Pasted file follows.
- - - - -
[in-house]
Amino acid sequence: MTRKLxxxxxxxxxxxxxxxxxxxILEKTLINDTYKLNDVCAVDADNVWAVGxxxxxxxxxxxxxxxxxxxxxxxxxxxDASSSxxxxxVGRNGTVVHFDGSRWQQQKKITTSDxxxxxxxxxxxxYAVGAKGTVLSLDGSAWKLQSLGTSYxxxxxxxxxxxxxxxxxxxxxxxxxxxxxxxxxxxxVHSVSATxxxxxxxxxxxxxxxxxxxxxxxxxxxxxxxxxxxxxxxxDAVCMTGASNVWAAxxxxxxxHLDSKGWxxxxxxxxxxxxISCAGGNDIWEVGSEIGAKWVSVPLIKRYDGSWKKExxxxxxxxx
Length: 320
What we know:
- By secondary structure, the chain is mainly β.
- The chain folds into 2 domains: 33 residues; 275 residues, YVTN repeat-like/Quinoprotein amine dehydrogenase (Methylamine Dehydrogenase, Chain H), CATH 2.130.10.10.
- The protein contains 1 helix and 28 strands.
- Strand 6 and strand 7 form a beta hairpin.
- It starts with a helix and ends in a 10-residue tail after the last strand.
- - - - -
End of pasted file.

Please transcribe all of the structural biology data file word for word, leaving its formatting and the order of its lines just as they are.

[in-house]
Amino acid sequence: MTRKLxxxxxxxxxxxxxxxxxxxILEKTLINDTYKLNDVCAVDADNVWAVGxxxxxxxxxxxxxxxxxxxxxxxxxxxDASSSxxxxxVGRNGTVVHFDGSRWQQQKKITTSDxxxxxxxxxxxxYAVGAKGTVLSLDGSAWKLQSLGTSYxxxxxxxxxxxxxxxxxxxxxxxxxxxxxxxxxxxxVHSVSATxxxxxxxxxxxxxxxxxxxxxxxxxxxxxxxxxxxxxxxxDAVCMTGASNVWAAxxxxxxxHLDSKGWxxxxxxxxxxxxISCAGGNDIWEVGSEIGAKWVSVPLIKRYDGSWKKExxxxxxxxx
Length: 320
What we know:
- By secondary structure, the chain is mainly β.
- The chain folds into 2 domains: 33 residues; 275 residues, YVTN repeat-like/Quinoprotein amine dehydrogenase (Methylamine Dehydrogenase, Chain H), CATH 2.130.10.10.
- The protein contains 1 helix and 28 strands.
- Strand 6 and strand 7 form a beta hairpin.
- It starts with a helix and ends in a 10-residue tail after the last strand.